Foundations of Naturopathic Nutrition by Fay Paxton – a text book

Foundations of Naturopathic Nutrition by Fay Paxton – a text bookFay Paxton (PhD) is an Australian-based naturopath and nutritionist. She has taught nutrition at the Southern School of Natural Therapies and has worked as a consultant for dietary and herbal supplement manufacturers. She is an author of a popular text book, Foundations of Naturopathic Nutrition.[1]

Advocate for low-carbohydrate diets

Unfortunately, the book advocates high-fat, low-carbohydrate paleo diets and cites Lorain Cordain’s The Paleo Diet, the CSIRO high-fat, low-carbohydrate diet studies.[2] and Maastricht University’s high-fat, high-protein diet study.

On page 39-40, Paxton states:

Overall, high-protein, low-carbohydrate diet foods will moderate insulin release and have less effect on fat synthesis. For weight loss, high-protein, low-fat diet may be equally or more effective than a high-carbohydrate, low-fat diet, and have a more beneficial effects on the risk factors for cardiovascular disease. These results show that many heart disease risk factors improve with weight loss and that a high-protein, low-fat diet may be preferable for people with elevated blood fats.

A number of similar papers and books from the CSIRO advocate high-fat, low-carbohydrate diets.[3] [4] [5] [6] [7] [8]


The Maastricht University High-protein Diet Study

The Maastricht University study[9] compared the effects of a low-fat, high-carbohydrate diet and two versions of a low-fat, high-protein diet on weight loss and maintenance following a very low-calorie restricted diet. Metabolic and cardiovascular risk factors in “healthy” obese subjects were examined.

There is no such person as a “healthy” obese subject. There is no mention of medication taken. The chances are high that the subjects are taking some medications. The average BMI is over 32 with a small standard deviation – the majority of the subjects are obese. They are obese at the start of the trial and obese at the end.

Subjects were excluded from the study if:

  • fasting glucose was > 6 mmol/L or
  • triglycerides > 2.3 mmol/L or
  • total cholesterol levels of > 6.5 mmol/L were increased or
  • diastolic blood pressure exceeded 100 mm Hg or
  • the subjects were unable to lose at least 5% of their initial body weight during the weight loss period.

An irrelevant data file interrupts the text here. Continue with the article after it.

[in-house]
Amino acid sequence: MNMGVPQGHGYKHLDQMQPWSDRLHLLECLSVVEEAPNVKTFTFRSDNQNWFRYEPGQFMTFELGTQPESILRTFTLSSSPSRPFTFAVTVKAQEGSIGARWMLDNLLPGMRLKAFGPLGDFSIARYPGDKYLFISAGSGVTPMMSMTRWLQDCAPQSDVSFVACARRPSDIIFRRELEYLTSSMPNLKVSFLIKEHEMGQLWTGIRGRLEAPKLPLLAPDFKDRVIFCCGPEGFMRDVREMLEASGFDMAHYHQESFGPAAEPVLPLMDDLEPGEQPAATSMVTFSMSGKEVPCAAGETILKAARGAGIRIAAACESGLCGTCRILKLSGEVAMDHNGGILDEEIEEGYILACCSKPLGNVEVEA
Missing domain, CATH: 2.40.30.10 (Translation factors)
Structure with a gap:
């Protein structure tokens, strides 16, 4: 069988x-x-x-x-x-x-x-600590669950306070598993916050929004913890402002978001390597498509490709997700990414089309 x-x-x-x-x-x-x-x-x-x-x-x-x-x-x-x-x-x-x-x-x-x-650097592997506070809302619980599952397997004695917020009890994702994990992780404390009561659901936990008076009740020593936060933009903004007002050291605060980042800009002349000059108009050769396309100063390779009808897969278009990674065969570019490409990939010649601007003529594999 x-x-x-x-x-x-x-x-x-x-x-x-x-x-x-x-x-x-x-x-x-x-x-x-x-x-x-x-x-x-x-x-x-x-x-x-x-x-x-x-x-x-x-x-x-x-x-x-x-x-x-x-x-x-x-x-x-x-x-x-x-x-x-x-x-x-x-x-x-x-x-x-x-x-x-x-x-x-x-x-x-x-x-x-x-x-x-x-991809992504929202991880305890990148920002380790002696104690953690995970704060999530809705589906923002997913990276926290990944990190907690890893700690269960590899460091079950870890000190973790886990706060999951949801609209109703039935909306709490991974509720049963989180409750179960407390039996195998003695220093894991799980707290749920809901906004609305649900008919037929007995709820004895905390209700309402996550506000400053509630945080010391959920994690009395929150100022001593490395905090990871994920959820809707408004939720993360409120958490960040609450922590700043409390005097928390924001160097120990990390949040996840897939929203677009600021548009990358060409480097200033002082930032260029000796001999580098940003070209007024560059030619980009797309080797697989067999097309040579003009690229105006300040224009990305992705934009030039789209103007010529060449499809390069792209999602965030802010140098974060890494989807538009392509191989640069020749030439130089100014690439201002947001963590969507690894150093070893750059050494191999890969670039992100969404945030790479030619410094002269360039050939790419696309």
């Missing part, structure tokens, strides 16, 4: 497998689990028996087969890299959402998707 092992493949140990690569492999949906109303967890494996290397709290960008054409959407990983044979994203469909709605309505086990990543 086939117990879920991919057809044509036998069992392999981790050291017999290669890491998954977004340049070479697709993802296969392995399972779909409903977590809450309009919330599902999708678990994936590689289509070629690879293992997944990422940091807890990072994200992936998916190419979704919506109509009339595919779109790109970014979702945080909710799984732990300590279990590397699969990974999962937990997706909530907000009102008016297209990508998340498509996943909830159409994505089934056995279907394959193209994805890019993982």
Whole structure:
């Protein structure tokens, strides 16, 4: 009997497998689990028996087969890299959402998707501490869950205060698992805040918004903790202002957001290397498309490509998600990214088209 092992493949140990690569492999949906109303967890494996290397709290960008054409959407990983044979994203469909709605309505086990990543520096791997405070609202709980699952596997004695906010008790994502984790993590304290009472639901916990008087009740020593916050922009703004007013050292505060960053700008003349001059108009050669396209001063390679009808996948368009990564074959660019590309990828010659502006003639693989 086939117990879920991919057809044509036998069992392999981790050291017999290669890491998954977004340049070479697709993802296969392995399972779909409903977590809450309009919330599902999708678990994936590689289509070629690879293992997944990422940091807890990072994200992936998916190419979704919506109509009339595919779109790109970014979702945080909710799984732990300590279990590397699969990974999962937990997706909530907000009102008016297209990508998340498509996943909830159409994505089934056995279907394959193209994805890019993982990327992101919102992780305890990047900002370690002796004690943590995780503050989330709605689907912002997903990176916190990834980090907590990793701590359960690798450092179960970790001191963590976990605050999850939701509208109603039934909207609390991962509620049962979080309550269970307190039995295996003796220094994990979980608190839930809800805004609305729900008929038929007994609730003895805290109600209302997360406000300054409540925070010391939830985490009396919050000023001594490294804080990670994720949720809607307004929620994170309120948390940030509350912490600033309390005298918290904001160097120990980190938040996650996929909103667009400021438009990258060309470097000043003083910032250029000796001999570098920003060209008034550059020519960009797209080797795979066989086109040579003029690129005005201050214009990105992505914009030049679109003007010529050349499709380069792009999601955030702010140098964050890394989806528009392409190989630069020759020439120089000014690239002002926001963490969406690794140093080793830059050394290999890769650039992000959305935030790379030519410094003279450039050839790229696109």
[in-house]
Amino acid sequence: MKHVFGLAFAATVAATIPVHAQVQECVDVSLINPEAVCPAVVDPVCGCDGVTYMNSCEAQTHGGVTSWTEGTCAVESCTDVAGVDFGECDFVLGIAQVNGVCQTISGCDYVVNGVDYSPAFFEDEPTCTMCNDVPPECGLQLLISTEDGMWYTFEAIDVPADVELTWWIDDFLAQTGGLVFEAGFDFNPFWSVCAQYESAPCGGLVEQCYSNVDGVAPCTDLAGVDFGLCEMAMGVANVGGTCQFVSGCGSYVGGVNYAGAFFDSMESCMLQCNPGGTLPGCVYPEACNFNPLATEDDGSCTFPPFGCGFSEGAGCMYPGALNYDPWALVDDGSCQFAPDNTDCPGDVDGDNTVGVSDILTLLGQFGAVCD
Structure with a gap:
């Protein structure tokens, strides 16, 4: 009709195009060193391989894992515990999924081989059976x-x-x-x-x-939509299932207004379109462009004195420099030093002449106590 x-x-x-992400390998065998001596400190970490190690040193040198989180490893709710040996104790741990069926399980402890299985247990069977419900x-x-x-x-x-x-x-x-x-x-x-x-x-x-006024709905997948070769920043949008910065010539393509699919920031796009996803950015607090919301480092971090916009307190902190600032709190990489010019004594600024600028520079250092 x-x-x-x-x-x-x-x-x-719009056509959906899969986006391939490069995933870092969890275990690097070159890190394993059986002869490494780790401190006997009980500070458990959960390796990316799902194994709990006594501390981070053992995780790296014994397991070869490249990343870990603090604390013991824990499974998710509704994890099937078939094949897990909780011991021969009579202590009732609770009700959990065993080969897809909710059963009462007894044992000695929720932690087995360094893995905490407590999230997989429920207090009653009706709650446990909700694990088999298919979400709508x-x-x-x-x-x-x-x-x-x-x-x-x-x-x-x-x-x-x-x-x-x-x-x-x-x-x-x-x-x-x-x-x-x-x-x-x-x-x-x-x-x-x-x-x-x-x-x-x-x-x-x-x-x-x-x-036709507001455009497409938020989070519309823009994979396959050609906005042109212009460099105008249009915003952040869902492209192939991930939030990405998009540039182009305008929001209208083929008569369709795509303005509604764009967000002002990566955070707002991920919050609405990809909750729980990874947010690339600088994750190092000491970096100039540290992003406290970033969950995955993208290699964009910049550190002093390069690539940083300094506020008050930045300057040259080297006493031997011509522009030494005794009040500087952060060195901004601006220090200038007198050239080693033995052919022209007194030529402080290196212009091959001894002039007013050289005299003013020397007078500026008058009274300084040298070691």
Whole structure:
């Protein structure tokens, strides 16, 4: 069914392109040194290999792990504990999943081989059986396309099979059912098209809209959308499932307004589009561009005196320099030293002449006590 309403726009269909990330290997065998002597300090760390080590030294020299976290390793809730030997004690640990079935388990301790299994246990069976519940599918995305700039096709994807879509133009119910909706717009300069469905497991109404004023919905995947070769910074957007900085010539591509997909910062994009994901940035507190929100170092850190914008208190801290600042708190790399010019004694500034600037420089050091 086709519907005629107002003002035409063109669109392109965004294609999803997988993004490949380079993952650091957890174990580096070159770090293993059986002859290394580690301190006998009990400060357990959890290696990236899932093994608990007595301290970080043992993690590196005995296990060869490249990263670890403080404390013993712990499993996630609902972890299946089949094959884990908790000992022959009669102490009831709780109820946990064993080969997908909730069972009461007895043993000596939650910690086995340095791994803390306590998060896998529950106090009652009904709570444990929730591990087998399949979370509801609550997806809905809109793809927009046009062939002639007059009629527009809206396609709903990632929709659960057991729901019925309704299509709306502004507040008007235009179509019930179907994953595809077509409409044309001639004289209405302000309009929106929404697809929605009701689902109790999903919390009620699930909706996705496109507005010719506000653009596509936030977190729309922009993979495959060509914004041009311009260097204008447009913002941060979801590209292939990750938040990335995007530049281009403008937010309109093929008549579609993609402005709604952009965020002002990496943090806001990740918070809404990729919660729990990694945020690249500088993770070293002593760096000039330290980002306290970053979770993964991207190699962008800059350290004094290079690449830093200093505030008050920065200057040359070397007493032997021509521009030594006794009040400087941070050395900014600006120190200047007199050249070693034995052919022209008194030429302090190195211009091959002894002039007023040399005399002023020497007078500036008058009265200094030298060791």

So, the study actually excludes the people who should be able to be assisted because their baseline results are too high and excludes those who do not lose “sufficient weight”. The study then has the audacity to conclude that it is a great diet for assisting those with weight loss. How many people were excluded who did not lose sufficient weight?

Forty-eight subjects completed the study that consisted of an energy restriction period of 5–6 weeks followed by a weight maintenance period of 12 weeks. During weight maintenance, the high carbohydrate group supplemented with maltodextrin (a carbohydrate) or protein in the form of casein or whey and consumed a “low-fat diet”.

Note that these components are received as supplements and not as part of a balanced diet.

DietProtein
% Energy
Carbohydrate
% Energy
Fat
% Energy
Energy
kcal / day
Energy Restriction
from baseline %
High carbohydate15.862.721.2186822%
High Protein - casein34.542.224.0182810%
High protein - whey35.242.124.3181220%

The low-fat diet (22% by energy) and high carbohydrate diet (63% by energy) are not low-fat diets or high-carbohydrate diets.

The high-protein diet (35% by energy) far exceeds the Recommended Dietary Intake (RDI) of approximately 8%-10% when calculated using the WHO recommendation of 0.84 g/kg body weight. Note that the RDI meets or exceeds the requirements of 98% or the population. The actual requirements are less.

As Russel Henry Chittenden noted over 100 years ago, consuming excess protein produces toxic wastes which is detrimental to health.[10]

Ketogenic, calorie-restricted diet studies confound the results as they are studying two separate interventions: ketogenic intervention and calorie-restricted intervention. A plant-based, calorie restricted diet shows all the benefits of restricted food intake without the damaging effects of ketogenesis.[11] [12]

Even better, a whole-food, plant-based diet without any restrictions on energy has shown to improve indicators for diabetes and heart disease.[13] [14] [15] [16]

A widely cited paper, funded by “an unrestricted grant from the Atkins Center for Complementary Medicine”, a supporter of low-carbohydrate, ketogenic diet studies, showed side effects of headaches, constipation, diarrhea, and insomnia for those on a ketogenic diet. Also, the completion rate was not high at only 55%. Let’s face it, who wishes to life a live on a starvation diet with the above side-effects. The extensive range of supplements, required to mitigate the side-effects of the diets, were provided by Atkins Nutritionals, Inc., New York.